Using data from a nationally representative survey of registered voters conducted around the 2008 U.S. presidential election … [we find that] people discussed politics as frequently as (or more frequently than) other topics such as family, work, sports, and entertainment with frequent discussion partners. … The frequency with which a topic is discussed is strongly and positively associated with reported agreement on that topic among these same discussion partners, … because people avoid discussing politics when they anticipate disagreement. (more)
Political talk is quite different within vs. outside of families. Within families, politics talkers tend to be less conscientious, more emotionally stability, and more extraverted. Extraverted family members tend to talk politics more even when they disagree.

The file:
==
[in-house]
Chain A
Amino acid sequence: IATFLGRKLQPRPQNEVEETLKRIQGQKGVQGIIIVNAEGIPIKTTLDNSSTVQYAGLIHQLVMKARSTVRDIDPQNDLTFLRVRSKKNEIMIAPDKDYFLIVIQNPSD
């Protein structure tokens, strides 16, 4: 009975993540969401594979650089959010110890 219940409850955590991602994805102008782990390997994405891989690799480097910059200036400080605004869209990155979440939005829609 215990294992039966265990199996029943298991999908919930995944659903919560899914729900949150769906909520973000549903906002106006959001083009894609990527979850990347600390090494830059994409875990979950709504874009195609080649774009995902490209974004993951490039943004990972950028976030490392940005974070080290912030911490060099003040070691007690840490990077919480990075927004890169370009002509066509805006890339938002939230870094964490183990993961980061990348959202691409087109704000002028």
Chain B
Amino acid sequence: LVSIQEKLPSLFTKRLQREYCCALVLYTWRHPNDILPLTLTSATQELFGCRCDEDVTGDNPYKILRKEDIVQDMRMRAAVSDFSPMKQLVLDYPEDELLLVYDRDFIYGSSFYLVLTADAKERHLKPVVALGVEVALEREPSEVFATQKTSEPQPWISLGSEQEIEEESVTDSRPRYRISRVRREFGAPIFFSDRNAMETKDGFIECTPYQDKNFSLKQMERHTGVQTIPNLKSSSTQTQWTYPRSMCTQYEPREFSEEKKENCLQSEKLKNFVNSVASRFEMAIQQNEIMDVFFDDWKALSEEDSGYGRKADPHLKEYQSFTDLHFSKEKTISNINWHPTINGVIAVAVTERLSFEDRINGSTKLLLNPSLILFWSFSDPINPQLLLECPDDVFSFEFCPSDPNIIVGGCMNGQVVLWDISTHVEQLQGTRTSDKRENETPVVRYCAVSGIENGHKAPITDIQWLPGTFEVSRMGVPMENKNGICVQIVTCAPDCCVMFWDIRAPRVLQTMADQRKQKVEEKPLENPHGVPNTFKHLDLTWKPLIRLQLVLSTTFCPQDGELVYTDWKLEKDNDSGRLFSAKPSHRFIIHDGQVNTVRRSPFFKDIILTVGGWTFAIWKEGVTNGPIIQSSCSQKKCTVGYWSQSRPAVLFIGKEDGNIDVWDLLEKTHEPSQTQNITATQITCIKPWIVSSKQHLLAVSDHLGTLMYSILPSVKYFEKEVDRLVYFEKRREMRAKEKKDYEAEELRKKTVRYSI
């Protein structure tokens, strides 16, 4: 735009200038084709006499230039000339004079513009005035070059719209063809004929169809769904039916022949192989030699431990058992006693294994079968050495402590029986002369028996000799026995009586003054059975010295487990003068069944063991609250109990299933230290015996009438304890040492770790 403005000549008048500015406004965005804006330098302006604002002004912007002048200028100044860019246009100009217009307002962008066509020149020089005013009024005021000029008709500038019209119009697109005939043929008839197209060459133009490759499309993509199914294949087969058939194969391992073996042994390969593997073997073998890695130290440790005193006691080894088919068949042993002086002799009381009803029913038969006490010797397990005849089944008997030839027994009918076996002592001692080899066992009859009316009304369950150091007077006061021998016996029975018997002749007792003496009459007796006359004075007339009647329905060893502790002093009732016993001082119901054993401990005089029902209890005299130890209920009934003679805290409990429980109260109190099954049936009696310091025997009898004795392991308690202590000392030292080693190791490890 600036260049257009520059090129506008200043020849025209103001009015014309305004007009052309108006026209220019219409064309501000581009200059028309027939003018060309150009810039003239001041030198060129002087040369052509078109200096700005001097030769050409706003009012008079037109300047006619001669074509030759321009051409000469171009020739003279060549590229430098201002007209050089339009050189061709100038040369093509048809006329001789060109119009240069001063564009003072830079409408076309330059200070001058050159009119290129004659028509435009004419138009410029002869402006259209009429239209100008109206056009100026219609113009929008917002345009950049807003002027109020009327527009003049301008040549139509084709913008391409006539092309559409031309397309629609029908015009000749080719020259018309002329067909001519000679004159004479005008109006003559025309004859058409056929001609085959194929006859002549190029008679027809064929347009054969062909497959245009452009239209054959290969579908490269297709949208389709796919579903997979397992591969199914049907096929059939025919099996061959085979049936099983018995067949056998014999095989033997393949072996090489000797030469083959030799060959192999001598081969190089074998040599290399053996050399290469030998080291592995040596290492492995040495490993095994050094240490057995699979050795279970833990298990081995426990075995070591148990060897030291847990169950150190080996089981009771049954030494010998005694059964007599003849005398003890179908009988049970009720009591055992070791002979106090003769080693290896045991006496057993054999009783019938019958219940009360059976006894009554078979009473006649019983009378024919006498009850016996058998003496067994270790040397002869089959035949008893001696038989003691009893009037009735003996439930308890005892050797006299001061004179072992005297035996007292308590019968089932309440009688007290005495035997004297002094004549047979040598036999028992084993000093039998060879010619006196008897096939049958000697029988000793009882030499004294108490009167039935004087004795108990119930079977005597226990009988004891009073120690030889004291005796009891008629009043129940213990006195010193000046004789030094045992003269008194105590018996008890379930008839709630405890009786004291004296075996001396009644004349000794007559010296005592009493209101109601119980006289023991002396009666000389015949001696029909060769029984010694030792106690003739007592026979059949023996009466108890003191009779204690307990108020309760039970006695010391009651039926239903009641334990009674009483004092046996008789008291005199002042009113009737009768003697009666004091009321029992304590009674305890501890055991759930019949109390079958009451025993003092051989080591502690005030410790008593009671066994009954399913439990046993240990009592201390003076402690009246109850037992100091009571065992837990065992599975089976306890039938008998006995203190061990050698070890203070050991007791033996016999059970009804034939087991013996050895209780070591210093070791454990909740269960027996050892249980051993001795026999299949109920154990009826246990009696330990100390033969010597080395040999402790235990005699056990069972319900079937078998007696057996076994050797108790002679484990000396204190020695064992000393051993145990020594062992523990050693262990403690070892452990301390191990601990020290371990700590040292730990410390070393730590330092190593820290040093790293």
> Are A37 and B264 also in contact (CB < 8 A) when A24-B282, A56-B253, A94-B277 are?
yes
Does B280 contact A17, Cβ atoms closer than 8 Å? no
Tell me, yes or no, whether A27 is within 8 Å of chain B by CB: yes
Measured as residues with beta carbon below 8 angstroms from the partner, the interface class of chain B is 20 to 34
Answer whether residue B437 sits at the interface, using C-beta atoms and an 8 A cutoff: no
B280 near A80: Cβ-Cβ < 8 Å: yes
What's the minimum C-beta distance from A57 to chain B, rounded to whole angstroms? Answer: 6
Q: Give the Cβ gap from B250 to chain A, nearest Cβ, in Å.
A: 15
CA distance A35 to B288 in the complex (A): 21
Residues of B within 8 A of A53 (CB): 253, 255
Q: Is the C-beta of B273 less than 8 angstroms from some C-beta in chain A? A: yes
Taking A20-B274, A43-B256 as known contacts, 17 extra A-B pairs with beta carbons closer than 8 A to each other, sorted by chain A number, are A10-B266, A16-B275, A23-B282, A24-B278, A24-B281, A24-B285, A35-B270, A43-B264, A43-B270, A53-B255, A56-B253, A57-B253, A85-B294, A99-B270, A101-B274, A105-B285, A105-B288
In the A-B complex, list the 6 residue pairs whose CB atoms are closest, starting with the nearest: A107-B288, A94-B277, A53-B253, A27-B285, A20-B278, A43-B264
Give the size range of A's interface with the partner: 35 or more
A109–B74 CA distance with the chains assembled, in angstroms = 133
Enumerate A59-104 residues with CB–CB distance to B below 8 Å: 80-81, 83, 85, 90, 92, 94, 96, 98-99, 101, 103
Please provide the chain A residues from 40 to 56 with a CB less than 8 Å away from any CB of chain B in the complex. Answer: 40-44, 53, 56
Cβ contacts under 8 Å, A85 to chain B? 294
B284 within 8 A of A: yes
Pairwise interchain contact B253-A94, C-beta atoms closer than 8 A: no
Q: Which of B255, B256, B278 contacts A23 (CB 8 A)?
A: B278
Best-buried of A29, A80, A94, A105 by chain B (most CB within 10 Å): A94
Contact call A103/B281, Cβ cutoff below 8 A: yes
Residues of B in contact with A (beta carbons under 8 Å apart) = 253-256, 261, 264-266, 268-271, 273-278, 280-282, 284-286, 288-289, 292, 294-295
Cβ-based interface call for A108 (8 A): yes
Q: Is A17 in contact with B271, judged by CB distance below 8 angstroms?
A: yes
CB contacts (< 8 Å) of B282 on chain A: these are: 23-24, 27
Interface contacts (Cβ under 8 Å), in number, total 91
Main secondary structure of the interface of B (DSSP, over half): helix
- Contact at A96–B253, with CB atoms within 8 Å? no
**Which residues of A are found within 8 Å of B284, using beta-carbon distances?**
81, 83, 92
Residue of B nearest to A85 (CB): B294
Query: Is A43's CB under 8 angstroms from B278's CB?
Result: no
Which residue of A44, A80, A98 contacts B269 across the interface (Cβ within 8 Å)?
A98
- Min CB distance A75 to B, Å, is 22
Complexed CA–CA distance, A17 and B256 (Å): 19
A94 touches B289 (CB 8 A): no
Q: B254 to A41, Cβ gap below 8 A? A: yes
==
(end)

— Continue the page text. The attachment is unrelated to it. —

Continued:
Outside of families, people tend to talk politics more when they see each other a few times week, as opposed to daily or weekly. The only other predictor of non-family talk is having an open personality type, and then only when political agreement is especially strong. Controlling for the above features, gender, race, age, education, and other personality factors (like agreeableness) did not predict who talked politics, neither in nor out of families.
So the main situation in which people somewhat talk through their political disagreements is extraverts within families, especially when extraverts are related (think Archie Bunker and meathead). At the other extreme, love fests of political agreement happen most when those with open personalities (who tend politically left) see each other outside of families a few times a week (think faculty lunches). Both of these extreme results fit my personal experience.
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